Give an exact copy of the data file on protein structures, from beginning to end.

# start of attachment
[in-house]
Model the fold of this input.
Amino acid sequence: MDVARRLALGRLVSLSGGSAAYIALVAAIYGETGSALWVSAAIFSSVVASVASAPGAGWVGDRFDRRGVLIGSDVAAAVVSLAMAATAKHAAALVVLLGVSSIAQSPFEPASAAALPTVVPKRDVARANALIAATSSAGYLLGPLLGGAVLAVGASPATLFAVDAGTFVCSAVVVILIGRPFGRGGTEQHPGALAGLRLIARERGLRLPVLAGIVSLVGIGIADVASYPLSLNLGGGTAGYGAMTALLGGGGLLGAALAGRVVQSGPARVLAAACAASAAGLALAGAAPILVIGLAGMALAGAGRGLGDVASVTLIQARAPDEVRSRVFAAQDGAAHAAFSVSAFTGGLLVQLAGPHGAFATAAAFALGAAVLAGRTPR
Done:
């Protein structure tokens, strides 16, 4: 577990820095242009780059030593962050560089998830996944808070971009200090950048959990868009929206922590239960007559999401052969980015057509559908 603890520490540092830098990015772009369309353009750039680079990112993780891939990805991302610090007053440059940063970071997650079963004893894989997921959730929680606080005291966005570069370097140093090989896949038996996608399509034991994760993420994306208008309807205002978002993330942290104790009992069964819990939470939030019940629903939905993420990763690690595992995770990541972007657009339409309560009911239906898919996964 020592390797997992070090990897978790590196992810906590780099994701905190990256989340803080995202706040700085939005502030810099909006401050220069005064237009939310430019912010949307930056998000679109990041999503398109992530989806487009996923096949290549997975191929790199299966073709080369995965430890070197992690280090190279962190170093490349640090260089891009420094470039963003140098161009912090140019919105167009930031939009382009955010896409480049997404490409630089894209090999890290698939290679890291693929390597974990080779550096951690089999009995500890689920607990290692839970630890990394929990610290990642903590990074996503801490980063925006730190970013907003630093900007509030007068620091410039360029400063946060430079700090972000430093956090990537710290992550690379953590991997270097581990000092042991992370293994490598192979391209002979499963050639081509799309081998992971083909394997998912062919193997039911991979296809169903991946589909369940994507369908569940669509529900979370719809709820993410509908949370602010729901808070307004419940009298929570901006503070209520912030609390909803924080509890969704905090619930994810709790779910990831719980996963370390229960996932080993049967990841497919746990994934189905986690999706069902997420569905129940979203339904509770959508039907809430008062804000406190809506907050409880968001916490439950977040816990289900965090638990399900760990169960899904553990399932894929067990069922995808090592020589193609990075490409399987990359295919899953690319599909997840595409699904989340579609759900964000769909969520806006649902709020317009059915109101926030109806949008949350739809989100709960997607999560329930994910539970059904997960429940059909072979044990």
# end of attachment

[in-house]
Model the fold of this input.
Amino acid sequence: MDVARRLALGRLVSLSGGSAAYIALVAAIYGETGSALWVSAAIFSSVVASVASAPGAGWVGDRFDRRGVLIGSDVAAAVVSLAMAATAKHAAALVVLLGVSSIAQSPFEPASAAALPTVVPKRDVARANALIAATSSAGYLLGPLLGGAVLAVGASPATLFAVDAGTFVCSAVVVILIGRPFGRGGTEQHPGALAGLRLIARERGLRLPVLAGIVSLVGIGIADVASYPLSLNLGGGTAGYGAMTALLGGGGLLGAALAGRVVQSGPARVLAAACAASAAGLALAGAAPILVIGLAGMALAGAGRGLGDVASVTLIQARAPDEVRSRVFAAQDGAAHAAFSVSAFTGGLLVQLAGPHGAFATAAAFALGAAVLAGRTPR
Done:
């Protein structure tokens, strides 16, 4: 577990820095242009780059030593962050560089998830996944808070971009200090950048959990868009929206922590239960007559999401052969980015057509559908 603890520490540092830098990015772009369309353009750039680079990112993780891939990805991302610090007053440059940063970071997650079963004893894989997921959730929680606080005291966005570069370097140093090989896949038996996608399509034991994760993420994306208008309807205002978002993330942290104790009992069964819990939470939030019940629903939905993420990763690690595992995770990541972007657009339409309560009911239906898919996964 020592390797997992070090990897978790590196992810906590780099994701905190990256989340803080995202706040700085939005502030810099909006401050220069005064237009939310430019912010949307930056998000679109990041999503398109992530989806487009996923096949290549997975191929790199299966073709080369995965430890070197992690280090190279962190170093490349640090260089891009420094470039963003140098161009912090140019919105167009930031939009382009955010896409480049997404490409630089894209090999890290698939290679890291693929390597974990080779550096951690089999009995500890689920607990290692839970630890990394929990610290990642903590990074996503801490980063925006730190970013907003630093900007509030007068620091410039360029400063946060430079700090972000430093956090990537710290992550690379953590991997270097581990000092042991992370293994490598192979391209002979499963050639081509799309081998992971083909394997998912062919193997039911991979296809169903991946589909369940994507369908569940669509529900979370719809709820993410509908949370602010729901808070307004419940009298929570901006503070209520912030609390909803924080509890969704905090619930994810709790779910990831719980996963370390229960996932080993049967990841497919746990994934189905986690999706069902997420569905129940979203339904509770959508039907809430008062804000406190809506907050409880968001916490439950977040816990289900965090638990399900760990169960899904553990399932894929067990069922995808090592020589193609990075490409399987990359295919899953690319599909997840595409699904989340579609759900964000769909969520806006649902709020317009059915109101926030109806949008949350739809989100709960997607999560329930994910539970059904997960429940059909072979044990």